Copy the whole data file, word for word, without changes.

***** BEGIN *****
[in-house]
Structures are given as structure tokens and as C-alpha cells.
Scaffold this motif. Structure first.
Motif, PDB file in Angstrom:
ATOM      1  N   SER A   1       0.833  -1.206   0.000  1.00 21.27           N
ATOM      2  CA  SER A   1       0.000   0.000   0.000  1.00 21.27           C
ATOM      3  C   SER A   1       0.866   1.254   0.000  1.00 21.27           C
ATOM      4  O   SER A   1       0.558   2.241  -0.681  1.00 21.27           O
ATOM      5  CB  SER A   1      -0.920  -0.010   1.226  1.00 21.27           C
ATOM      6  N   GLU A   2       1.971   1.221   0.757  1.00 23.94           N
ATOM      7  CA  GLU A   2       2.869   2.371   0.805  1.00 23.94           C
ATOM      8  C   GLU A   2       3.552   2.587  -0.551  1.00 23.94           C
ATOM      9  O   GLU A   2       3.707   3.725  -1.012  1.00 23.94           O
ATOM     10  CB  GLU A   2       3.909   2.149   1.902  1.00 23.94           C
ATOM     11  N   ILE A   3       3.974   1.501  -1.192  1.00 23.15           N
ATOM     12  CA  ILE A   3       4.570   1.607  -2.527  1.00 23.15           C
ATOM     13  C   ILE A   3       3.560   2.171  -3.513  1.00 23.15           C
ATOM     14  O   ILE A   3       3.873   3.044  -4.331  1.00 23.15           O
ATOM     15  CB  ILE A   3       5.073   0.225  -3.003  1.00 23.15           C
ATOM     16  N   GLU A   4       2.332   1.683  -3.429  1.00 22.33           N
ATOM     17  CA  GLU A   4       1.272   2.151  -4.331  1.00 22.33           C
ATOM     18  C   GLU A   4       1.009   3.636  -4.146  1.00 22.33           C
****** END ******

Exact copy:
[in-house]
Structures are given as structure tokens and as C-alpha cells.
Scaffold this motif. Structure first.
Motif, PDB file in Angstrom:
ATOM      1  N   SER A   1       0.833  -1.206   0.000  1.00 21.27           N
ATOM      2  CA  SER A   1       0.000   0.000   0.000  1.00 21.27           C
ATOM      3  C   SER A   1       0.866   1.254   0.000  1.00 21.27           C
ATOM      4  O   SER A   1       0.558   2.241  -0.681  1.00 21.27           O
ATOM      5  CB  SER A   1      -0.920  -0.010   1.226  1.00 21.27           C
ATOM      6  N   GLU A   2       1.971   1.221   0.757  1.00 23.94           N
ATOM      7  CA  GLU A   2       2.869   2.371   0.805  1.00 23.94           C
ATOM      8  C   GLU A   2       3.552   2.587  -0.551  1.00 23.94           C
ATOM      9  O   GLU A   2       3.707   3.725  -1.012  1.00 23.94           O
ATOM     10  CB  GLU A   2       3.909   2.149   1.902  1.00 23.94           C
ATOM     11  N   ILE A   3       3.974   1.501  -1.192  1.00 23.15           N
ATOM     12  CA  ILE A   3       4.570   1.607  -2.527  1.00 23.15           C
ATOM     13  C   ILE A   3       3.560   2.171  -3.513  1.00 23.15           C
ATOM     14  O   ILE A   3       3.873   3.044  -4.331  1.00 23.15           O
ATOM     15  CB  ILE A   3       5.073   0.225  -3.003  1.00 23.15           C
ATOM     16  N   GLU A   4       2.332   1.683  -3.429  1.00 22.33           N
ATOM     17  CA  GLU A   4       1.272   2.151  -4.331  1.00 22.33           C
ATOM     18  C   GLU A   4       1.009   3.636  -4.146  1.00 22.33           C